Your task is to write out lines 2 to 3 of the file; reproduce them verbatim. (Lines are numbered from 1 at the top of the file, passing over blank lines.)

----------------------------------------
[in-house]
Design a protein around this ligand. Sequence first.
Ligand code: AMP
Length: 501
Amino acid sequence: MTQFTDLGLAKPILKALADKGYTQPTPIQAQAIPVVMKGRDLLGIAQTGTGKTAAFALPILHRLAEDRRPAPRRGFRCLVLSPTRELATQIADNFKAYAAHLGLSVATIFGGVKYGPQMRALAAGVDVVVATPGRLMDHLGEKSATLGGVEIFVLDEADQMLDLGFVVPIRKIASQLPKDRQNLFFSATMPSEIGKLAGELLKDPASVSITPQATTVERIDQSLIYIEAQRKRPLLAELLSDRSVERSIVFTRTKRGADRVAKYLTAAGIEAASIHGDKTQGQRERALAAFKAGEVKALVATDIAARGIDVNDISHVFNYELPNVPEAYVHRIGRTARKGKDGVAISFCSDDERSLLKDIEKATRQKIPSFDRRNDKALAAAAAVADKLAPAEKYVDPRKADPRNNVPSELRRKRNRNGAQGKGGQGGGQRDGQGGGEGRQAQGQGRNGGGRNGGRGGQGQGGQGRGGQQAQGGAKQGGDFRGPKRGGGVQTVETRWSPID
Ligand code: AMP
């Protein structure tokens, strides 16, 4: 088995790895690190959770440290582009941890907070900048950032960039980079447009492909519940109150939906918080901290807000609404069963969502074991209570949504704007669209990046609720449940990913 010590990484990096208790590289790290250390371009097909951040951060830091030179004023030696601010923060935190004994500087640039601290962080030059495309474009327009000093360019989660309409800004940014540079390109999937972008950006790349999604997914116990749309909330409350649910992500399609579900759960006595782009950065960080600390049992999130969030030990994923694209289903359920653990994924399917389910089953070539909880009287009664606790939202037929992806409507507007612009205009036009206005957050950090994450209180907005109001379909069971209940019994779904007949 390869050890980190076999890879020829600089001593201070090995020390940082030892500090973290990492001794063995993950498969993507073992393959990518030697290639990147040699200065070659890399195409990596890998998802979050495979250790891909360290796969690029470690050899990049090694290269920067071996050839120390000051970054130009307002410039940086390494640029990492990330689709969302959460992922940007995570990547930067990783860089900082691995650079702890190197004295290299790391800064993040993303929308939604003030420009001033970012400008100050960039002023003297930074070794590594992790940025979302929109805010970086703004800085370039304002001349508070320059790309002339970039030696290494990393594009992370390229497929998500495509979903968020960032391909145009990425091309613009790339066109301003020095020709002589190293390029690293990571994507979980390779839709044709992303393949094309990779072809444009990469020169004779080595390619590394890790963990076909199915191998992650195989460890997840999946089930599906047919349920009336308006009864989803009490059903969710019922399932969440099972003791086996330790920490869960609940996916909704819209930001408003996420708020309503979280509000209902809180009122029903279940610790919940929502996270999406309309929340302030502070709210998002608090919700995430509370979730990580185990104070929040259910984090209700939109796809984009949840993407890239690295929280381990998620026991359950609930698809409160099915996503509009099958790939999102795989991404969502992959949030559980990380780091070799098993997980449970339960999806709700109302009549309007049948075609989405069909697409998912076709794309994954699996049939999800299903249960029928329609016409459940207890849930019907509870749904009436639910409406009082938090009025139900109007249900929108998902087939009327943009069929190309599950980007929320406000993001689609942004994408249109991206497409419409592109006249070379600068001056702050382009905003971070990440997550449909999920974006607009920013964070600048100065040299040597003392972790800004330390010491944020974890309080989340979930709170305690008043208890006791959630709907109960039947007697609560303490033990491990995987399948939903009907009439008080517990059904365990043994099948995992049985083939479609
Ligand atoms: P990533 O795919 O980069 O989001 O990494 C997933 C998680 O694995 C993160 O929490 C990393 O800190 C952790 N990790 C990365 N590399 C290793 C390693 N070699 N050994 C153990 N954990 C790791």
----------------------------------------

Design a protein around this ligand. Sequence first.
Ligand code: AMP